A Warning About Instant Commission Affilliate Programs

They’re not new, you’ve probably heard about them and their virtues. You get 100% commissions of the front-end product sale straight to your PayPal account. What could be better? But things aren’t so pretty if you consider what else you get with these programs.

Now, let me make this clear, I’ve nothing against the concept of instant commissions, but there are serious considerations to make and risks to evaluate before taking up on offers like this. It’s not all so great as your next “guru” claims to be.

See, instant commission to your PayPal account is another way to say your account is responsible for processing payments, payment disputes, honoring of refunds and accepting all other liabilities and risks that come with it. It’s not the same as collecting 100% commission to a conventional affiliate program and then getting a payout from the vendor.

In other words, it’s a great way for the “guru” to delegate the payment processing risks to the affiliates, at least on the front-end. However, that’s what always goes unmentioned, after all, you get a 100% commission!

If you make just a sale or two that’s hopefully not going to have any effect on your PayPal account even if you get disputes. However, should you start making more sales you’re on very dangerous grounds. If the “guru” pulls off a quick one (should I even mention how unscrupulous many of them are?) it’s you (and many other affiliates) who are going to be liable because you directly have accepted the payments.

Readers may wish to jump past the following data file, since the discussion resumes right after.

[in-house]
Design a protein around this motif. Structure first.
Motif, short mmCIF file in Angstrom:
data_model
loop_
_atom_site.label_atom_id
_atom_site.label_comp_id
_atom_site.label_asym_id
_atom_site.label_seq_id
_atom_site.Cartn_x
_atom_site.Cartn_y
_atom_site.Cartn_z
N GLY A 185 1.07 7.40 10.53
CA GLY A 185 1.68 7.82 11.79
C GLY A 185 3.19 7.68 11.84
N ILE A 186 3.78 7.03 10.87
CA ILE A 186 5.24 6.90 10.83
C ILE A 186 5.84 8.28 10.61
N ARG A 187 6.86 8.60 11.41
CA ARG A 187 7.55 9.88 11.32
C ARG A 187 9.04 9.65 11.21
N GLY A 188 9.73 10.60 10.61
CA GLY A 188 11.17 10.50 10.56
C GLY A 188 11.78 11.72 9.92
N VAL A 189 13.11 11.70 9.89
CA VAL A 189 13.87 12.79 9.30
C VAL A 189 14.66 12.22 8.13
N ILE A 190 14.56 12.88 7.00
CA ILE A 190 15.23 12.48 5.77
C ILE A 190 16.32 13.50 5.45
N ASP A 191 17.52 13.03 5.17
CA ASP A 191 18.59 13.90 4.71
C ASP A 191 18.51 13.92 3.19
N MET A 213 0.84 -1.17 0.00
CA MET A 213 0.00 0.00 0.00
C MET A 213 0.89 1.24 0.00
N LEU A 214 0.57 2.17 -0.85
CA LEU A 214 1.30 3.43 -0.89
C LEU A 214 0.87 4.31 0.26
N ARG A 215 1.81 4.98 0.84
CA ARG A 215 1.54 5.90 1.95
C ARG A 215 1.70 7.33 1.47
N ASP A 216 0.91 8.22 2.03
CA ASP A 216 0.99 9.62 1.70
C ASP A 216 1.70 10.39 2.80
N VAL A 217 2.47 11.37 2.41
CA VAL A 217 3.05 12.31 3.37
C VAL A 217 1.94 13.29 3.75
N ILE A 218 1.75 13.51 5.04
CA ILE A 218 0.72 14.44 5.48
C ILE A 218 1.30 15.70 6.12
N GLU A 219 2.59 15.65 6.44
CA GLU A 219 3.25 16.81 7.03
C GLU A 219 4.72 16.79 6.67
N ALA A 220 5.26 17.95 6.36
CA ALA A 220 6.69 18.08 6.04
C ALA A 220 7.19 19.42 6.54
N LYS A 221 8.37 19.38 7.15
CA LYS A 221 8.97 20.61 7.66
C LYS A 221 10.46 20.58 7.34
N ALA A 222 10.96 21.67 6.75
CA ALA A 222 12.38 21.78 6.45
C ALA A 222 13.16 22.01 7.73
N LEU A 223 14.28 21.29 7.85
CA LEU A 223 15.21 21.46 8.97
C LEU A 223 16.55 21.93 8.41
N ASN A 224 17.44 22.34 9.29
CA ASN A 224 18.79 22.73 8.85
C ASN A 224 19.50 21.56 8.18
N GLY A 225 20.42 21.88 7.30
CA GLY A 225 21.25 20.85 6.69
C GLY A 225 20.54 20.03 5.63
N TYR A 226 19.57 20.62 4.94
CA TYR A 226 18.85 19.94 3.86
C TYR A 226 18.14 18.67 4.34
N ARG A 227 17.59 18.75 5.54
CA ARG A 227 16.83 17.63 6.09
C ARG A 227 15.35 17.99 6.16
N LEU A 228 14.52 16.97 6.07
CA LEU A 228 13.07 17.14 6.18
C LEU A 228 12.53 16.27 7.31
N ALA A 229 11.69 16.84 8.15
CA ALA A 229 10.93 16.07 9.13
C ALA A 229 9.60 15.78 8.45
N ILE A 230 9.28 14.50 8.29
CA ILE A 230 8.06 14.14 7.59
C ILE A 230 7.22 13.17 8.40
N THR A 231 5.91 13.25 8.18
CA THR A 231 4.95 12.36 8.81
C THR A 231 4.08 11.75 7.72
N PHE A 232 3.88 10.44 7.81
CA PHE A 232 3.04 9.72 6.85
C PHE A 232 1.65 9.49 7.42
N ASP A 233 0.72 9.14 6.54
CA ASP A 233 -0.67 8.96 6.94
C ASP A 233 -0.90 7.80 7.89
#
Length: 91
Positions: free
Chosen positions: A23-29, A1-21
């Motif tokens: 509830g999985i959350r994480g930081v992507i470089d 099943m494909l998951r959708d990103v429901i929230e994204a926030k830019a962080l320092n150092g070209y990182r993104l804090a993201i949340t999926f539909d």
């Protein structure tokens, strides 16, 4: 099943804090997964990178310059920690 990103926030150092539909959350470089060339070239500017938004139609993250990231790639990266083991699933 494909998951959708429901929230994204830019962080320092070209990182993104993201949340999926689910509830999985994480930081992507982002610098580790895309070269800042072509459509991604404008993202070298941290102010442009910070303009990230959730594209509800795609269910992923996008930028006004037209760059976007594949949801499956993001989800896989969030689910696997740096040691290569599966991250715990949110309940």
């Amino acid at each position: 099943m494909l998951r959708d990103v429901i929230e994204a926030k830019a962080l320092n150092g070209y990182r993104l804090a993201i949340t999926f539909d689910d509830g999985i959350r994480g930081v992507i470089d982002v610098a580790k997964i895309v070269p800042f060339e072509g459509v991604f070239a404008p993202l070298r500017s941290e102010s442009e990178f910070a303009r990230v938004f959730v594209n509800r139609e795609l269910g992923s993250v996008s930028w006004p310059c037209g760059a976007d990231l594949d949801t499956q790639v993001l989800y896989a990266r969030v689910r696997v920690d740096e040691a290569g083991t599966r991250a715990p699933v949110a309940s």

So if you’re going to promote products for instant commission, do your research well on the background of the vendor. It’s your PayPal account you’re putting on the line so you better trust the vendor before doing business with them.

On a personal note, I’ve never liked the idea and I’ll never promote the products under such terms. If I’m going to process someone’s order payments with no control over the quality of the products or services they supply, I’d be much better off selling products of my own. The conspiracy theorist in me thinks it’s just a cute way for vendors to eliminate the risks associated with processing PayPal payments in the expense of unsuspecting affiliates.

Beware of what you’re dealing with.

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